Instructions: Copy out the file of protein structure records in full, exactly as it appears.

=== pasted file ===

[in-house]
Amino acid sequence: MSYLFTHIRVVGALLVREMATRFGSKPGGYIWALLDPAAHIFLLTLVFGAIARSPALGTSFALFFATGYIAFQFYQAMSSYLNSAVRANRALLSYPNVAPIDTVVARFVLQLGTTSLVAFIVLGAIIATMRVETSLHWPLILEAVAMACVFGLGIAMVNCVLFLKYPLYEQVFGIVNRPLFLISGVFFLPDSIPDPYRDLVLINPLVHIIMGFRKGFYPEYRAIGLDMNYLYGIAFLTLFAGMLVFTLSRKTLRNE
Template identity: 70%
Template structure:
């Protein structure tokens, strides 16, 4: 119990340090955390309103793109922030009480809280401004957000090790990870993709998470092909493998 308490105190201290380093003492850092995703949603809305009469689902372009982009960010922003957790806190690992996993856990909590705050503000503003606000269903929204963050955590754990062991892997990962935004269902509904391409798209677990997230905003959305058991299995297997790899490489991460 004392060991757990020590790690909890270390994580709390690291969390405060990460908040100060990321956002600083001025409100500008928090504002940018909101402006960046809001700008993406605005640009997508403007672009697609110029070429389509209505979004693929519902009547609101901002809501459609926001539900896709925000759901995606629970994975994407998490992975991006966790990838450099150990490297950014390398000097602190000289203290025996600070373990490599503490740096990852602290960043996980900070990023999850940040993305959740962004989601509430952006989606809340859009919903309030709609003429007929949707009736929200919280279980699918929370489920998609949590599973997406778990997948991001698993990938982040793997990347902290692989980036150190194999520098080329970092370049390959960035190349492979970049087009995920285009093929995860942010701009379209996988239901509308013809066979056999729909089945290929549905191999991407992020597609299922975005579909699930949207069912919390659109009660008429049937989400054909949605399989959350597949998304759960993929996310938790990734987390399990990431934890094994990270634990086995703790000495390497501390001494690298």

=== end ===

[in-house]
Amino acid sequence: MSYLFTHIRVVGALLVREMATRFGSKPGGYIWALLDPAAHIFLLTLVFGAIARSPALGTSFALFFATGYIAFQFYQAMSSYLNSAVRANRALLSYPNVAPIDTVVARFVLQLGTTSLVAFIVLGAIIATMRVETSLHWPLILEAVAMACVFGLGIAMVNCVLFLKYPLYEQVFGIVNRPLFLISGVFFLPDSIPDPYRDLVLINPLVHIIMGFRKGFYPEYRAIGLDMNYLYGIAFLTLFAGMLVFTLSRKTLRNE
Template identity: 70%
Template structure:
């Protein structure tokens, strides 16, 4: 119990340090955390309103793109922030009480809280401004957000090790990870993709998470092909493998 308490105190201290380093003492850092995703949603809305009469689902372009982009960010922003957790806190690992996993856990909590705050503000503003606000269903929204963050955590754990062991892997990962935004269902509904391409798209677990997230905003959305058991299995297997790899490489991460 004392060991757990020590790690909890270390994580709390690291969390405060990460908040100060990321956002600083001025409100500008928090504002940018909101402006960046809001700008993406605005640009997508403007672009697609110029070429389509209505979004693929519902009547609101901002809501459609926001539900896709925000759901995606629970994975994407998490992975991006966790990838450099150990490297950014390398000097602190000289203290025996600070373990490599503490740096990852602290960043996980900070990023999850940040993305959740962004989601509430952006989606809340859009919903309030709609003429007929949707009736929200919280279980699918929370489920998609949590599973997406778990997948991001698993990938982040793997990347902290692989980036150190194999520098080329970092370049390959960035190349492979970049087009995920285009093929995860942010701009379209996988239901509308013809066979056999729909089945290929549905191999991407992020597609299922975005579909699930949207069912919390659109009660008429049937989400054909949605399989959350597949998304759960993929996310938790990734987390399990990431934890094994990270634990086995703790000495390497501390001494690298």